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Tchami2Mysterious man of the cloth, Tchami, has shot to acclaim this year, working for Pete Tong and Thump and remixing work by AlunaGeorge, A Tribe Called Quest, and Janet Jackson. Defying genre and oozing Parisian swag, this DJ/producer coolest dude in a dog collar since Brendan Gleeson’s turn in Calvary. Tchami plays Ambar next Friday, September 19. ZOE KILBOURN talks to Tchami before he plays Ambar.

Tchami’s one of those deliberately elusive, slightly elitist house producers who elevate the subtlety and weird timbral possibilities of the genre to high art. In priestly garb, pseudonymous, he’s a difficult man to pin down, even musically. His inspiration, “Beyond any genre and randomly,” comes from the likes of “Tom Yorke, DJ Premier, Marvin Gaye, Miles Davis, Neil Young, Jacques Brel.”

“Let’s make it clear,” he says. “A year ago I tagged my first tracks as ‘future house’ just for fun. People made it up to what it is right now. You can download ‘future house’ sound banks. That’s the power of internet.”

His musical process, then, doesn’t come from genre expectations. “It’s totally empirical. If my ear is ringing it’s going to make it in a mix. I’m always looking for soul in music.”

Pseudonymity is clearly an important part of Tchami’s creative process. Aside from throwaway line in a Wikipedia article about the name’s origins in Africa, there’s no word anywhere about Tchami’s real or assumed name. He deflects a question about its origin (and the country in which it was bestowed upon him): “In my case, it’s a personal thing. But I believe that you could choose any name if you make good music people would accept it anyway.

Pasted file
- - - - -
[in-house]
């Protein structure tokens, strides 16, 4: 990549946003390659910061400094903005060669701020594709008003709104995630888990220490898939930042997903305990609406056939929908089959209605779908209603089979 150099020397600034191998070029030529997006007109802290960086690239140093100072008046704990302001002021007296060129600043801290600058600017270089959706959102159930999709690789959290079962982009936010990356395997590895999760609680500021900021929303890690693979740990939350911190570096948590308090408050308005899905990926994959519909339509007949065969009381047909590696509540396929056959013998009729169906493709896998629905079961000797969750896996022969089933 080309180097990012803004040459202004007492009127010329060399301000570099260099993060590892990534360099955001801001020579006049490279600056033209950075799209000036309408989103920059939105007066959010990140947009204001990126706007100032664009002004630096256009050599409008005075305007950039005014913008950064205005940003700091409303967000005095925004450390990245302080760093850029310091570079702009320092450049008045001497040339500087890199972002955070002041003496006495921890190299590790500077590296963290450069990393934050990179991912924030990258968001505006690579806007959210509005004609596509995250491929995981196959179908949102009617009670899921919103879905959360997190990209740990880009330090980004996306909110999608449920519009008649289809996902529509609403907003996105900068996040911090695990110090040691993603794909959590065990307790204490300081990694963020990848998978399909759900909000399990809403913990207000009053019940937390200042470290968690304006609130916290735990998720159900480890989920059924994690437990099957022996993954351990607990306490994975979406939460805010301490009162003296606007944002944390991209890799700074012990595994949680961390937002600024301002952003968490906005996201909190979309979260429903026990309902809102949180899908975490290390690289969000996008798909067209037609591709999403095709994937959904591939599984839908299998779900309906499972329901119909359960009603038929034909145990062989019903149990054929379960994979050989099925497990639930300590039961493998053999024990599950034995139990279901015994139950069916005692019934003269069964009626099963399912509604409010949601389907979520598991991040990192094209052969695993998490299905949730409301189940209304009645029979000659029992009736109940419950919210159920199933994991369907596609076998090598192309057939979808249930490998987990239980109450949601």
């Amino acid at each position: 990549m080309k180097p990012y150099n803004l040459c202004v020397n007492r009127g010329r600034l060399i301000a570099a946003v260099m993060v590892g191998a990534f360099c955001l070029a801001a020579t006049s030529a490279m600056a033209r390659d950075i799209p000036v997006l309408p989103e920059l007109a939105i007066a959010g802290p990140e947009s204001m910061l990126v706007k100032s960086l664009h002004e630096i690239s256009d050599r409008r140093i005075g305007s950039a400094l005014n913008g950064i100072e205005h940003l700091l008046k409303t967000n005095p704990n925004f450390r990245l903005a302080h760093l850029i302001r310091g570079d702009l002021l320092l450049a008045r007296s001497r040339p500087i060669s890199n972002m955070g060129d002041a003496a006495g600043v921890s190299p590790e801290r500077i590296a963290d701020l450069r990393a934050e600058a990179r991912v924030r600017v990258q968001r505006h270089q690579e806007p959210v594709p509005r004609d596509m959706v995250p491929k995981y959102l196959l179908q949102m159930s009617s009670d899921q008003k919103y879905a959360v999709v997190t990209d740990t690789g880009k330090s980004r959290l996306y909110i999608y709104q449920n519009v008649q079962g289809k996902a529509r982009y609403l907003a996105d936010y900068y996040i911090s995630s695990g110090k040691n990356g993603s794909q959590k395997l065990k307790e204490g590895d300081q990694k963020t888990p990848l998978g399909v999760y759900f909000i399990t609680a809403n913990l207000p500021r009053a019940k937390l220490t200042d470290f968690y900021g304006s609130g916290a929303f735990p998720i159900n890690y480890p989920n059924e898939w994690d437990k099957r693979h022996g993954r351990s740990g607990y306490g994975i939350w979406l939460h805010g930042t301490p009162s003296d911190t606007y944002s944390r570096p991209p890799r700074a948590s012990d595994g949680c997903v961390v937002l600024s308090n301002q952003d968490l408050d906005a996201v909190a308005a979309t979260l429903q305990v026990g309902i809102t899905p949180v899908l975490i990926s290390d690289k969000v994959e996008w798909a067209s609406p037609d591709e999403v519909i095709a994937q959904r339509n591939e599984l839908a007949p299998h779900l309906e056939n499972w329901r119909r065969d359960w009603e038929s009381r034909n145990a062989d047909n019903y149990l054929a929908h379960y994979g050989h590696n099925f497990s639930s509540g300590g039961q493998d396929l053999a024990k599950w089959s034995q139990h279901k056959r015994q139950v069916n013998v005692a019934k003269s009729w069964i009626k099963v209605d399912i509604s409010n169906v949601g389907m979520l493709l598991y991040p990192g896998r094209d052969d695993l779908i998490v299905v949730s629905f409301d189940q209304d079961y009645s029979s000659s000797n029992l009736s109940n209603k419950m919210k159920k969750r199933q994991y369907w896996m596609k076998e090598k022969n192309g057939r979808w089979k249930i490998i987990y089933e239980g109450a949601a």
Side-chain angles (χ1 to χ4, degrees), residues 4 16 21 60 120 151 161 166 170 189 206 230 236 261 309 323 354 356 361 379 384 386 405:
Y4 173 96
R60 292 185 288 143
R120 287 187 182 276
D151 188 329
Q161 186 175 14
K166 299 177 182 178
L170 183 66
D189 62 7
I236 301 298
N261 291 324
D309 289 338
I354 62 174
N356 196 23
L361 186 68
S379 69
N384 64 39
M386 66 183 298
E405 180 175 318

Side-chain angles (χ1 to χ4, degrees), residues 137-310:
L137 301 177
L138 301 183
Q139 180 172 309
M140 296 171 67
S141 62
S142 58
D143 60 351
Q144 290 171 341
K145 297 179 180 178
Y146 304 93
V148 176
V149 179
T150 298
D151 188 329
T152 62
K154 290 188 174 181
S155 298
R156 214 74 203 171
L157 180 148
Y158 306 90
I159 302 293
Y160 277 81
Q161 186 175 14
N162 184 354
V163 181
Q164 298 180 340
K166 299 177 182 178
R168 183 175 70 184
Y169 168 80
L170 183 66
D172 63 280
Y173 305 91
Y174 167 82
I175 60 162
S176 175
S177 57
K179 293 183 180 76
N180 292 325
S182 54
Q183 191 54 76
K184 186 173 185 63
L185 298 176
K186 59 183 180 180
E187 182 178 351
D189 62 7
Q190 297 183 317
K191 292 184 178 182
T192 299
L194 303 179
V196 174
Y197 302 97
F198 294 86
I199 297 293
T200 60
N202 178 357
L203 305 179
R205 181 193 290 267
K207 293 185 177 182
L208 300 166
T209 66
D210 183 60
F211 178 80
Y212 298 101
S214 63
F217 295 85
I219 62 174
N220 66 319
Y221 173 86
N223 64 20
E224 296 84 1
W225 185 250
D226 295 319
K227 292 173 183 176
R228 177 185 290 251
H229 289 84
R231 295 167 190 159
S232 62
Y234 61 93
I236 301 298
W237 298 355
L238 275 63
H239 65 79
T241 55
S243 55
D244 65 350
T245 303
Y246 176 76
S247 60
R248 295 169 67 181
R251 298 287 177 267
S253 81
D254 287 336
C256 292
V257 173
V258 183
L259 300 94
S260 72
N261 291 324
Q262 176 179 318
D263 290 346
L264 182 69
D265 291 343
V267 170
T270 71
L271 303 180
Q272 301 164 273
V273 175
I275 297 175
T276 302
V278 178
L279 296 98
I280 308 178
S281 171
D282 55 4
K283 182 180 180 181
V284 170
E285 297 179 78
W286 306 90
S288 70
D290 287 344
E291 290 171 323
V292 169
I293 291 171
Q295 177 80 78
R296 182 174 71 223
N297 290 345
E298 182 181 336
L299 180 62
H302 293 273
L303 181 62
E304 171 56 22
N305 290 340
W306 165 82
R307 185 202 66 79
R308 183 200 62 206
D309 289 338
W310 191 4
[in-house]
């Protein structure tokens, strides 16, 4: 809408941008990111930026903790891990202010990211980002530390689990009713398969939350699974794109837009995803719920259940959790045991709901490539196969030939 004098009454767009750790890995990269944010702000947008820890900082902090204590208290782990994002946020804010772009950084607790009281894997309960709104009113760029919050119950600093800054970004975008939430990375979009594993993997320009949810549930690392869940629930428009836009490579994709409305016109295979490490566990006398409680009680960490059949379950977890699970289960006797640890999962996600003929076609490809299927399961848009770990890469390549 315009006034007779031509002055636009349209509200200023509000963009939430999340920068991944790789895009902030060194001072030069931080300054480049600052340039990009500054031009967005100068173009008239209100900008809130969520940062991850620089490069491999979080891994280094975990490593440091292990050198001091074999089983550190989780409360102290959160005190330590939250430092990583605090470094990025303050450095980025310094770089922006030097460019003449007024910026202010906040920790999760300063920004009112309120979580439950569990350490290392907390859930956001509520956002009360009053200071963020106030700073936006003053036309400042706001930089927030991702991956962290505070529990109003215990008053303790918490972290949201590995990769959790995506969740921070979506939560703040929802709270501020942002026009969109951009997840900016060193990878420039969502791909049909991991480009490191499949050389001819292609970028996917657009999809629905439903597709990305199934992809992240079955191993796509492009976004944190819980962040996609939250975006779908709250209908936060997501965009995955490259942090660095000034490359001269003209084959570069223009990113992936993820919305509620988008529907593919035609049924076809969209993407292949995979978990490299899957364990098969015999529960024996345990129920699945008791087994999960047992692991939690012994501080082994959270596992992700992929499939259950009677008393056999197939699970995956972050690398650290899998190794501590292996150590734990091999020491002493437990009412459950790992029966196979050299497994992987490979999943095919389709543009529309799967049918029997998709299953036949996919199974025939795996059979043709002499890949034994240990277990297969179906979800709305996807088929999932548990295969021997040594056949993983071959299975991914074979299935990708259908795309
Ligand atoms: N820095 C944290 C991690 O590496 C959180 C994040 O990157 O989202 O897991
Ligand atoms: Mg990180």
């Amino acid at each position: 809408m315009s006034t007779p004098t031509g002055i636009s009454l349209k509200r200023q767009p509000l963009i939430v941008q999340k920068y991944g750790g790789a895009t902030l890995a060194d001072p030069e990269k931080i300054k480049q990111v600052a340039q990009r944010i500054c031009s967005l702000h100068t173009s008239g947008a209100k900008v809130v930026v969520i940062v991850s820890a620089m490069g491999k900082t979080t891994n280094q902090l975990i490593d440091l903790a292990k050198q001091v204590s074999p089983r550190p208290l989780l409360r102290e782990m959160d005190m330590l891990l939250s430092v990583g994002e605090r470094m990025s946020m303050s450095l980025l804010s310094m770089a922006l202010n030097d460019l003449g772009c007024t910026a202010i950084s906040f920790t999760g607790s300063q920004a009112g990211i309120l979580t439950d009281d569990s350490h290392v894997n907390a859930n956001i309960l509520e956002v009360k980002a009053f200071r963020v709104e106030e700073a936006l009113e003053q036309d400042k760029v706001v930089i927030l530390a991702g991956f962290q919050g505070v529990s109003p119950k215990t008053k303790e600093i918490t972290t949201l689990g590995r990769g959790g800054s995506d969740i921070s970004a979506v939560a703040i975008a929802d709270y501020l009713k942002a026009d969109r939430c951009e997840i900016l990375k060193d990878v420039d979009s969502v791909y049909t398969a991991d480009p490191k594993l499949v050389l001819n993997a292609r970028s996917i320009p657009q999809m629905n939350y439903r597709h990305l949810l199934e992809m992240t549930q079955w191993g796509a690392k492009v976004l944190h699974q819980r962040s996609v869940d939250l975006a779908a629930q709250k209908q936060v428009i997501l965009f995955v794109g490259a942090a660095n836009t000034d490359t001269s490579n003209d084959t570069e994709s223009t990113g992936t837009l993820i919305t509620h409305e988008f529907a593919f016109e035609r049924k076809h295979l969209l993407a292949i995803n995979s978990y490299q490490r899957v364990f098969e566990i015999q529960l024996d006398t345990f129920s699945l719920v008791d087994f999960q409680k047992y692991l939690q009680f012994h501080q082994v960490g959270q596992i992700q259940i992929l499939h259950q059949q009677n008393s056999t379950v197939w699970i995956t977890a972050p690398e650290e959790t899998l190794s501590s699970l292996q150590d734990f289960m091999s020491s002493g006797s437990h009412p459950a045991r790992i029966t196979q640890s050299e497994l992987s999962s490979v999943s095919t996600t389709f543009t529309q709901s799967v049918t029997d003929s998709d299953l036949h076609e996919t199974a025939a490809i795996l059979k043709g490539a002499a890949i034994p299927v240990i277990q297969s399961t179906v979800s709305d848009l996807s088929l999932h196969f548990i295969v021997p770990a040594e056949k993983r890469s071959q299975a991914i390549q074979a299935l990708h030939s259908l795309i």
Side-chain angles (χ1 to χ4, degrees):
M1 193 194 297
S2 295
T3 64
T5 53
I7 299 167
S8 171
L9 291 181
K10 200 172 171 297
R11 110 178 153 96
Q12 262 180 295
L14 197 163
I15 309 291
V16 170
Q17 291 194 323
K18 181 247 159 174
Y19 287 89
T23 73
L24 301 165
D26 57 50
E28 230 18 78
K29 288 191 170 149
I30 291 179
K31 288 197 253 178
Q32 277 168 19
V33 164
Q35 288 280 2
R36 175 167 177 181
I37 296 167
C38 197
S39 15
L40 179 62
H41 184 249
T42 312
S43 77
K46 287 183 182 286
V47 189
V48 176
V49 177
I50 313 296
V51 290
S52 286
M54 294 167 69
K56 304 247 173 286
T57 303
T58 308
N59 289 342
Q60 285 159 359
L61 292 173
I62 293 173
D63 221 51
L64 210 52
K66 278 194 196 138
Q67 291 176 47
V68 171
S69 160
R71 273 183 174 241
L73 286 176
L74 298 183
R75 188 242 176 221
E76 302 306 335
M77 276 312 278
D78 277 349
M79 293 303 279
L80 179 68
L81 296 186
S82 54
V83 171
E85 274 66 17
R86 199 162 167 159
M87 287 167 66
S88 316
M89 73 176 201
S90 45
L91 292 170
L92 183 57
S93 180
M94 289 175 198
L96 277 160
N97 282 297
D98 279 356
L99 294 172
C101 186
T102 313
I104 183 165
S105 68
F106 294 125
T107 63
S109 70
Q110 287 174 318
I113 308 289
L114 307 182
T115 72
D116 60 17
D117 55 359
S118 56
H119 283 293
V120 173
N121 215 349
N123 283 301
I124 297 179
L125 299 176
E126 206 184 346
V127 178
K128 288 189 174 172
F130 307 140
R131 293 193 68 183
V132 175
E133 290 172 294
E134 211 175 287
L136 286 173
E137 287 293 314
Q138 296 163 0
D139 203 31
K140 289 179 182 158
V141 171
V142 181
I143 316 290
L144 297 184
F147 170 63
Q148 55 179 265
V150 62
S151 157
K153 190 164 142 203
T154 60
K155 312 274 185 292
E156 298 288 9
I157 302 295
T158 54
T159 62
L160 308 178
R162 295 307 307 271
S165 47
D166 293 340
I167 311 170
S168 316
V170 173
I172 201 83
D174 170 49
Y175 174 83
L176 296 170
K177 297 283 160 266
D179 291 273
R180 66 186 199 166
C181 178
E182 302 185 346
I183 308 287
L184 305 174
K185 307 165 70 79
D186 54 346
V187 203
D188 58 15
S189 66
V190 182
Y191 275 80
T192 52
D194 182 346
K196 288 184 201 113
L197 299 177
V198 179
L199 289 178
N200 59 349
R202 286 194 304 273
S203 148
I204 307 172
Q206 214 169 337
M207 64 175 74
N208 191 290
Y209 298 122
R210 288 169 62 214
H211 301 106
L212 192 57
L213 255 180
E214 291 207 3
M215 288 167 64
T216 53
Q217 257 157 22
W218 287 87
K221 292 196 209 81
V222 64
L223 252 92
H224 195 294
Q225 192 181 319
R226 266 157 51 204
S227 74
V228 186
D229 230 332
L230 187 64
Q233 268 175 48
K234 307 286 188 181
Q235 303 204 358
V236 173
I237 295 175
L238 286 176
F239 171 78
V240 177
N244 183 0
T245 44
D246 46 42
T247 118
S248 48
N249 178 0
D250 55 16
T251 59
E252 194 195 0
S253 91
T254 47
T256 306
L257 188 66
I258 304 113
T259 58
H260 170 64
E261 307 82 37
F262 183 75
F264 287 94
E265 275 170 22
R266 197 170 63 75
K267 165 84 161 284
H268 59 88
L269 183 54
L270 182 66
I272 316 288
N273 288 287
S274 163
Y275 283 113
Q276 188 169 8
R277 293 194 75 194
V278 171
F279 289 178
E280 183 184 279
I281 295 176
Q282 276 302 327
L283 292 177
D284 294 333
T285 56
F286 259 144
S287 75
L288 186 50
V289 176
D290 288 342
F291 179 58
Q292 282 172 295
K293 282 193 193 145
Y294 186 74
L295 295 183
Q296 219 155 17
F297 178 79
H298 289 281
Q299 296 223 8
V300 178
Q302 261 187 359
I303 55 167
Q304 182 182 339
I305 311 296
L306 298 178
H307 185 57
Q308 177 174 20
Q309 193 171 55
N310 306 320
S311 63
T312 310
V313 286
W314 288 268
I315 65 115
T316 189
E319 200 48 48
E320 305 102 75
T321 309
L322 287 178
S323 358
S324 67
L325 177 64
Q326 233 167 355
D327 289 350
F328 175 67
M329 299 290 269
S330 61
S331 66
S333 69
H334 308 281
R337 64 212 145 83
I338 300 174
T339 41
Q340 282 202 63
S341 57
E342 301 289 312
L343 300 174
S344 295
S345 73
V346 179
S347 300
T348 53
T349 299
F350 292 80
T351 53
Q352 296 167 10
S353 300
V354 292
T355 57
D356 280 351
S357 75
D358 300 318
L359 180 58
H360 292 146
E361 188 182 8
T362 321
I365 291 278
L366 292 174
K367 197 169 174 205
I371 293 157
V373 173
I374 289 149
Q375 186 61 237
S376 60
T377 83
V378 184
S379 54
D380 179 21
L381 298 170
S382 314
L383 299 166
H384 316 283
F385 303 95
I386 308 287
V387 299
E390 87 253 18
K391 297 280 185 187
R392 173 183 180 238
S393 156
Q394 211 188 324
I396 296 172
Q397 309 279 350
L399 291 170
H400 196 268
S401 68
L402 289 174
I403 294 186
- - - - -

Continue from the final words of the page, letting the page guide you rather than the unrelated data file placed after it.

“All I would like to say is travelling is one of the greatest gifts you can give to yourself. It makes you see things from a wider perspective. In Africa I heard a lot of traditional music. That’s what I was looking for. I still have to go back to explore the electronic music scene. I love the South African vibe right now.”

His attraction to the traditional and esoteric is present in the kalimba stylings of a track like Untrue – as well as an interest in untranslatability and foreign language.

“I wanted to make a song that had a vocal melody but no understandable words in it,” Tchami says. “Like an universal language that anyone could feel and sing. Untrue didn’t reach any top chart and wasn’t number one, and I’m ok with that fact. My satisfaction comes from the song itself and by the way that people are reacting when I play it. It is the most personal record I’ve put out so far.”

His first Confessions mix features a wry snippet from what sounds like an American neo-noir film: “Your problem is that you have spent your whole life listening to shit and thinking that it’s good. It’s sad, but it’s not your fault.” Turns out, “It was part of Quentin Dupieux’s great movie Wrong Cops. You may also know him as Mr Oizo. I truly recommend this movie.” (Rotten Tomatoes begs to differ, although most critics agree the film is very hip.)

Tchami has a knack for finding soulful vocal samples, working with Kaleem Taylor on his Promesses EP (which also features bona fide banger, Shot Caller). As you might expect, though, Tchami is a (mostly) lone wolf.

“Most of the time I work alone. It’s the best way to stay in my zone and do my thing, but I like to be with other creative people in a studio. Those are not the times when work really gets done, but it’s really refreshing.”


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